Tuesday, March 16, 2010

Special Session? Hasn't Legislature Done Enough Damage?

Excerpted from the Yakima Herald-Republic Editorial

Lawmakers are in the process of spending more money than they did last year. That's not a misprint. It's thanks to an expected windfall of $500 million from the federal government and a laundry list of tax increases, from a possible sales tax boost to taxes on bottled water and cigarettes.

Instead of making systemic reforms to how this state is run and pays for its priorities, the Legislature, led by the Democratic majority, has stuck to spending models that have remained unaltered despite coming into this session with a $2.8 billion shortfall.

And guess what? If Congress fails to come forward with yet another bailout for states, and if the economy keeps slogging along in first gear, the state could face a $2 billion shortfall when lawmakers return to Olympia next year to craft another budget. We wonder how many more times lawmakers will slap a $1 tax on a pack of cigarettes to balance the budget.

The majority also seems intent on keeping state employees happy regardless of the economic realities. While private employment in Washington has dropped by 7.5 percent, the decrease in the total number of state workers, outside of higher education, amounted to just 0.7 percent, according to The Seattle Times.

And what happened to taking a tough stand on state employee contracts and asking them to share some of the pain? That never happened. State employees contribute only a 12 percent share of their health care premiums. By raising the level to 20 percent -- still below the national average in the private sector -- the state could have saved $50 million over the next two years.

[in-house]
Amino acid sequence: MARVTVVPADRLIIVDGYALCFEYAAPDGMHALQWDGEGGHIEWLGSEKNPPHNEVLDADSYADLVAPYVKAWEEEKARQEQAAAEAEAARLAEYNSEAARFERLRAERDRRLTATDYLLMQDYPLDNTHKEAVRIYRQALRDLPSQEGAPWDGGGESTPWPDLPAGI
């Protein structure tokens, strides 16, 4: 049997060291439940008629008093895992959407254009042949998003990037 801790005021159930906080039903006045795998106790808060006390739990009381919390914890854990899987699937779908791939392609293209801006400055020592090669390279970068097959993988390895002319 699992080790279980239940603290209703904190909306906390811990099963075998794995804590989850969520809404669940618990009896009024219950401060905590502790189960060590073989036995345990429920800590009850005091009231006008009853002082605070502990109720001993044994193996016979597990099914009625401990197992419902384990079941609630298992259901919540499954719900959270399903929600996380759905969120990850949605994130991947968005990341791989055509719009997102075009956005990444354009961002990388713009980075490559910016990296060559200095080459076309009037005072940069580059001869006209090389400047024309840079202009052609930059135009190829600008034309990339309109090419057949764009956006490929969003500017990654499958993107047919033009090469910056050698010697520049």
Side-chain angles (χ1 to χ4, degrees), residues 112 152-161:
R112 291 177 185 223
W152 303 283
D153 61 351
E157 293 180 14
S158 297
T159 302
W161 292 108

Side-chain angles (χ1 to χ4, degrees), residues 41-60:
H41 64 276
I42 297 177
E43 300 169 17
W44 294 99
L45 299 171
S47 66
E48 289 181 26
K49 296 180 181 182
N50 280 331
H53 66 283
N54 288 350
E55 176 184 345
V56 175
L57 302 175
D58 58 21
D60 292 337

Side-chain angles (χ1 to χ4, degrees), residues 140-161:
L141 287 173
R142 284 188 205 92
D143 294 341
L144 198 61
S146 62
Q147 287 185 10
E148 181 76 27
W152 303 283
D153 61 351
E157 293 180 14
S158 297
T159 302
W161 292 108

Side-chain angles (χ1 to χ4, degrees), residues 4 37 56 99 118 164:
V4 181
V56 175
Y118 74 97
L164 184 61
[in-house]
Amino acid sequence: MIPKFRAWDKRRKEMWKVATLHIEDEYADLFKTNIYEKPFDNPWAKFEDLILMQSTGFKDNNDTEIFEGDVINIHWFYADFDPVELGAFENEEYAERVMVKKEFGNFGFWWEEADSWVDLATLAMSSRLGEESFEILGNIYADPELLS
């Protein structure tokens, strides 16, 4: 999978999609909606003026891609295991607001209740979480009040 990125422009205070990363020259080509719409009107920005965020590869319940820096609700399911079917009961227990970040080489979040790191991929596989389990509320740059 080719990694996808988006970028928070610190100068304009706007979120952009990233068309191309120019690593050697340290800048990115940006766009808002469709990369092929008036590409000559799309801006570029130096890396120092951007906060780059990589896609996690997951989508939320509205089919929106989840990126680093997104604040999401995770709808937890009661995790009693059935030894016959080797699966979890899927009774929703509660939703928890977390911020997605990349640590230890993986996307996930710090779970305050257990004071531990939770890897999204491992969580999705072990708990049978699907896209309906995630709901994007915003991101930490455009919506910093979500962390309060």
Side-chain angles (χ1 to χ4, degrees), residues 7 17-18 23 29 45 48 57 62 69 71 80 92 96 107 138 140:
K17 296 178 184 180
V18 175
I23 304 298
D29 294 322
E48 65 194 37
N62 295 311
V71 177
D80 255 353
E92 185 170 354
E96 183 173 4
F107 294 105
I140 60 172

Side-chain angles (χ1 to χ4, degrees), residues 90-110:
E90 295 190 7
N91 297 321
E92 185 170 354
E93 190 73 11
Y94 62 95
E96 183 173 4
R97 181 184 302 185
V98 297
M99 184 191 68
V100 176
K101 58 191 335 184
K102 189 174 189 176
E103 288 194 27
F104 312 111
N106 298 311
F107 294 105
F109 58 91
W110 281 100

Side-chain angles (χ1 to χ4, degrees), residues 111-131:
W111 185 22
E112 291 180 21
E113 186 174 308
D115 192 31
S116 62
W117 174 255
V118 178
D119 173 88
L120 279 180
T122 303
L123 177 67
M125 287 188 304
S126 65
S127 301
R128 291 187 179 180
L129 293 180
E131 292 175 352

Instead, we get lawmakers telling voters that after cutting education funding by siphoning off money for smaller classrooms, they will allow cash-strapped school districts to raise their levy lids and get more revenue through local property taxes.
That may look good on paper, but in reality it's a pipe dream. Rural districts like those in Central Washington can't ask property owners to pay more. The levy lids have peaked. Richer districts, though, have much lower rates and could benefit from the legislation.

The end result is that rich school districts will get richer and poorer districts will be left behind -- as they too often seem to be.
Don't expect lawmakers to suddenly mend their ways during this special session. Taxes will rise, spending will increase and the next budget shortfall will be set in motion.

May the gavel finally drop on the Legislature and end this tortured process. We can't afford lawmakers to be in session one minute longer.

No comments: